Thanks Ryan.

That was just the sort of thing I was looking for.

Thanks for that.


On 11 February 2013 17:18, Ryan Cook <cookrn / gmail.com> wrote:

> Hey Peter,
>
> How does this look? https://gist.github.com/cookrn/4755773
>
> By making the Room a separate object, the scoping might be more as you had
> hoped e.g. the door method
>
> Regarding the yield vs. instance_eval -- this is a matter of opinion. If
> you wanted to be very explicit, you could yield the adventure and room
> objects to the blocks given to those methods. This makes your DSL seem a
> bit less magic, but maybe that's ok.
>
> I gave a talk on DSLs at Boulder Ruby a while back that you might find
> interesting: https://speakerdeck.com/cookrn/dsls-as-teaching-tools
>
> Ryan
>
>
> On Mon, Feb 11, 2013 at 8:18 AM, Peter Hickman <
> peterhickman386 / googlemail.com> wrote:
>
>> I am playing around with writing some DSLs to help me get more familier
>> with how they work and I have a couple of questions. First here's an
>> example of one I am playing with (based on the classic dungeon adventure
>> problem)
>>
>> class Adventure
>>   def initialize
>>     @rooms = Hash.new
>>     @current_room = nil
>>   end
>>
>>   def room(reference, &block)
>>     if @rooms.has_key?(reference)
>>       puts "Error: Room #{reference} has already been defined"
>>     else
>>       @rooms[reference] = {:short => '', :long => '', :exits => Hash.new}
>>     end
>>
>>     @current_room = reference
>>
>>     yield block
>>   end
>>
>>   def short(text)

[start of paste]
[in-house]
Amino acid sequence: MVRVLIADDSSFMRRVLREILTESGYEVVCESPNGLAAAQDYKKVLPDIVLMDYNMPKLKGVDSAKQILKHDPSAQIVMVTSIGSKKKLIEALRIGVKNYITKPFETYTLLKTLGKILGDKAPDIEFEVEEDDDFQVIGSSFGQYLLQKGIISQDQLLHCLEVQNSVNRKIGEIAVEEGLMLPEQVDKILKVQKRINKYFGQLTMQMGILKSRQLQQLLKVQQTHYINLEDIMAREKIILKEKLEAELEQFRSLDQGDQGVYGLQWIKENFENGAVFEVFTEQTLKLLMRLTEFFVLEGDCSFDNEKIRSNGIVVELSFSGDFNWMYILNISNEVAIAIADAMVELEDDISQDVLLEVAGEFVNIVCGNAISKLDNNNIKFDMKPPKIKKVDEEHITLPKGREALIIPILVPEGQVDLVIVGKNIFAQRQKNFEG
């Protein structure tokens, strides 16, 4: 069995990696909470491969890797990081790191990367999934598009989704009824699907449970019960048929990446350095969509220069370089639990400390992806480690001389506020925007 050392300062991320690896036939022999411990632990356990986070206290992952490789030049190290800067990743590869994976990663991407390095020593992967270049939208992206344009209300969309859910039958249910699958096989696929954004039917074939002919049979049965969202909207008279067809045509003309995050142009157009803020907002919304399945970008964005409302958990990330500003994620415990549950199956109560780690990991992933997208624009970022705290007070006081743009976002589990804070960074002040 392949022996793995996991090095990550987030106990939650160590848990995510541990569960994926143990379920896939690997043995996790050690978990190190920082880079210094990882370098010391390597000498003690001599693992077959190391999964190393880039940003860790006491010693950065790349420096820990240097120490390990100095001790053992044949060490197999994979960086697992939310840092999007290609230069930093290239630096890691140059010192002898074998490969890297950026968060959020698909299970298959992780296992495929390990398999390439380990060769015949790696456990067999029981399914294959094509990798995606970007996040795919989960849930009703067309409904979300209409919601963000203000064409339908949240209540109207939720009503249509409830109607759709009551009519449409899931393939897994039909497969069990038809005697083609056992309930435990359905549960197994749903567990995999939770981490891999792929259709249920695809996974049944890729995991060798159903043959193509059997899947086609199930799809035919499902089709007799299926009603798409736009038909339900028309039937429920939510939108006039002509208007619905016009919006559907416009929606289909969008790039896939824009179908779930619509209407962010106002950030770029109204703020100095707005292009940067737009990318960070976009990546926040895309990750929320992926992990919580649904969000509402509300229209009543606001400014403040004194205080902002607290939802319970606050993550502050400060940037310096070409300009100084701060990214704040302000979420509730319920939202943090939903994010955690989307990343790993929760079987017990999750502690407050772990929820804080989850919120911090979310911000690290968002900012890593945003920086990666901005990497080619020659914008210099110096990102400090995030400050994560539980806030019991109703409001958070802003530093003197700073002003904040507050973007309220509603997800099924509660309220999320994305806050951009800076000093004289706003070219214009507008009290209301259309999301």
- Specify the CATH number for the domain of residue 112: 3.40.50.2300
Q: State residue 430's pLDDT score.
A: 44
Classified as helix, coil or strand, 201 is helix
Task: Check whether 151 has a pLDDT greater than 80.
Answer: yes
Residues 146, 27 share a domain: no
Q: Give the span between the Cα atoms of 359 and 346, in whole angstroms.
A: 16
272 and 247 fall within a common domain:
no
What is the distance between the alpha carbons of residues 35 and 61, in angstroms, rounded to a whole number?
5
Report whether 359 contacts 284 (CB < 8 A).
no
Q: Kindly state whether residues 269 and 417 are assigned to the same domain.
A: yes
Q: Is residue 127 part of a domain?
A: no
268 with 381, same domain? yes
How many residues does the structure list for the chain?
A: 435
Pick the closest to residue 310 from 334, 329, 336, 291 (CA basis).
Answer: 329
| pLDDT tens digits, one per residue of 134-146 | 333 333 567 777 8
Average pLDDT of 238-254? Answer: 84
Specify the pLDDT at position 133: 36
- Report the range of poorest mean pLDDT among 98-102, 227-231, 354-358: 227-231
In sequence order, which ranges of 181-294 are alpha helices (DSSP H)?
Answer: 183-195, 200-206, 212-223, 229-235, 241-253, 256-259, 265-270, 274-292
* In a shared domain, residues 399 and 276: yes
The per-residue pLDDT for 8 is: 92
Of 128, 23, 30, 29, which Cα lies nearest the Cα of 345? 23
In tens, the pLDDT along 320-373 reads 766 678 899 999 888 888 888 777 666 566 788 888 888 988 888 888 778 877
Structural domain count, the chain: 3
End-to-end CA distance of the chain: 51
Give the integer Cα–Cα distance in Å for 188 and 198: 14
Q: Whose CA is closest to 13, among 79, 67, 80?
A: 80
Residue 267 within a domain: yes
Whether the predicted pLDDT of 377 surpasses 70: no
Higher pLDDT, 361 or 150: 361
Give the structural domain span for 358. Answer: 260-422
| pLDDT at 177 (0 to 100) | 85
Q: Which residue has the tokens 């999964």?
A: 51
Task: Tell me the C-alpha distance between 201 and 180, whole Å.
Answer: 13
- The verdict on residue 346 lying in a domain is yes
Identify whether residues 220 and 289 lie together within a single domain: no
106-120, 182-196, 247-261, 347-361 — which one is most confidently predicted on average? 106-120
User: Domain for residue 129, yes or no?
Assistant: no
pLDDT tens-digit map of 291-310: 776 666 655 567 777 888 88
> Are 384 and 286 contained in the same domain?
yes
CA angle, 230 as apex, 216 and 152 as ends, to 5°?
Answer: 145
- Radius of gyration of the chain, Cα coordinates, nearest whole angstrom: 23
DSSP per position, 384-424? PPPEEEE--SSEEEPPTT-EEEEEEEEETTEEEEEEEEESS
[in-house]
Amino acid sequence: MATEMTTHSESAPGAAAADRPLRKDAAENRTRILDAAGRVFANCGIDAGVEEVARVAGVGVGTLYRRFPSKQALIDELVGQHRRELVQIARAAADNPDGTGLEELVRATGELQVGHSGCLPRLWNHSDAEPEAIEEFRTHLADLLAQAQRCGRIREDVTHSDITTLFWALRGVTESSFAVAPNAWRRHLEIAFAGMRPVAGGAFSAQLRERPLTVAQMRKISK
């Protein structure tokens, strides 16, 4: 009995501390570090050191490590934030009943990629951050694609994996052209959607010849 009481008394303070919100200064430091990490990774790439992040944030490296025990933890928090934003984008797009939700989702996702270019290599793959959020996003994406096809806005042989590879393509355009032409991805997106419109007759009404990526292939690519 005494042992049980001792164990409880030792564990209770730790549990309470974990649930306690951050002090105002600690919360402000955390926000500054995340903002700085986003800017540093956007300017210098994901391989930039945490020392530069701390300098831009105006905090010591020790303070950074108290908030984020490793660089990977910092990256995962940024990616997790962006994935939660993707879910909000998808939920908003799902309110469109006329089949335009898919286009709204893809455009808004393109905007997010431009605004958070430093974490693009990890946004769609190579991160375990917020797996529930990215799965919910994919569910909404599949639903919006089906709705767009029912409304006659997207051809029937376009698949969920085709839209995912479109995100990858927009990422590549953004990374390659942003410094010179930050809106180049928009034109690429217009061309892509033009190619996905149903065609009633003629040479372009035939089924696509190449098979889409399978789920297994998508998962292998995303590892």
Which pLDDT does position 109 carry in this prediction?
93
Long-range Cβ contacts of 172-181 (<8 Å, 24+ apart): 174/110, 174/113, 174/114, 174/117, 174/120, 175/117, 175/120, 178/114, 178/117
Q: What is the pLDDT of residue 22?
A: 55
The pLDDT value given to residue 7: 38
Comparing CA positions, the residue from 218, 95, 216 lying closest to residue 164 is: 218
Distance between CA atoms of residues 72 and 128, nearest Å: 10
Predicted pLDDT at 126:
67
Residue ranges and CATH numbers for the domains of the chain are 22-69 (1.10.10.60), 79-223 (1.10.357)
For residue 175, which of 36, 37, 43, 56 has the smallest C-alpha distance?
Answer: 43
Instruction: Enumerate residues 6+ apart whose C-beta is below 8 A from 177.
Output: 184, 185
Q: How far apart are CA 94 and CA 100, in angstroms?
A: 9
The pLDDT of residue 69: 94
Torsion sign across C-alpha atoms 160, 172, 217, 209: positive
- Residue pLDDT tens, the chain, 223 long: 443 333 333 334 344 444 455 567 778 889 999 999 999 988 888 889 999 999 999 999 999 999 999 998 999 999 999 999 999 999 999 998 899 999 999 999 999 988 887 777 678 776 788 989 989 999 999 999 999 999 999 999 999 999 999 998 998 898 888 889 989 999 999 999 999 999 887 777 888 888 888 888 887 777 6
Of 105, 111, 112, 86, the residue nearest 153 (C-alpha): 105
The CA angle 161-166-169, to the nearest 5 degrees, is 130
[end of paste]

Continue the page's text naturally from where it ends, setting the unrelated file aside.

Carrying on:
>>     @rooms[@current_room][:short] = text
>>   end
>>
>>   def long(text)
>>     @rooms[@current_room][:long] = text
>>   end
>>
>>   def door(direction, destination, &block)
>>     if @rooms[@current_room][:exits].has_key?(direction)
>>       puts "Error: Room #{@current_room} already has an exit defined in
>> #{direction}"
>>     else
>>       @rooms[@current_room][:exits][direction] = {:where => destination,
>> :condition => block_given? ? block : true}
>>     end
>>   end
>> end
>>
>> class Object
>>   def adventure(&block)
>>     a = Adventure.new
>>
>>     a.instance_eval(&block)
>>   end
>> end
>>
>> adventure do
>>   room :cave do
>>     short "You are in a large cave"
>>     long "You are in a very large cave"
>>     door :west, :another_cave
>>     door :east, :exit do
>>       if player.has_item(:key)
>>         true
>>       else
>>         false
>>       end
>>     end
>>   end
>>
>>   room :another_cave do
>>     short "A cave"
>>     long "Oh great ... another cave"
>>     door :east, :cave
>>   end
>>
>>   room :exit do
>>     short "Freedom"
>>     long "Freeeeeeeeeeedom!!!!!!"
>>     door :west, :cave
>>   end
>>
>>   require 'pp'
>>   pp @rooms
>> end
>>
>> Now this works just fine but a couple of things just don't seem right.
>> Notice the @current_room variable that is set in the room method and
>> referenced in short, long and door. This seems clunky - it is basically a
>> global variable to help tie things together. Is there some better way of
>> doing this? Perhaps by passing it as a parameter somehow.
>>
>> Also is the yield at the bottom of the room method the right way to go or
>> should I be calling instance_eval or similar?
>>
>> Also how do I stop, for example, the door method being called outside of
>> the room method? I have a solution where I set @current_room to nil after
>> the yield and then each method checks to see if it is set and if not it
>> errors. But again this seems to be quite a pain.
>>
>>
>
>
> --
> Ryan Cook
> 720.319.7660
>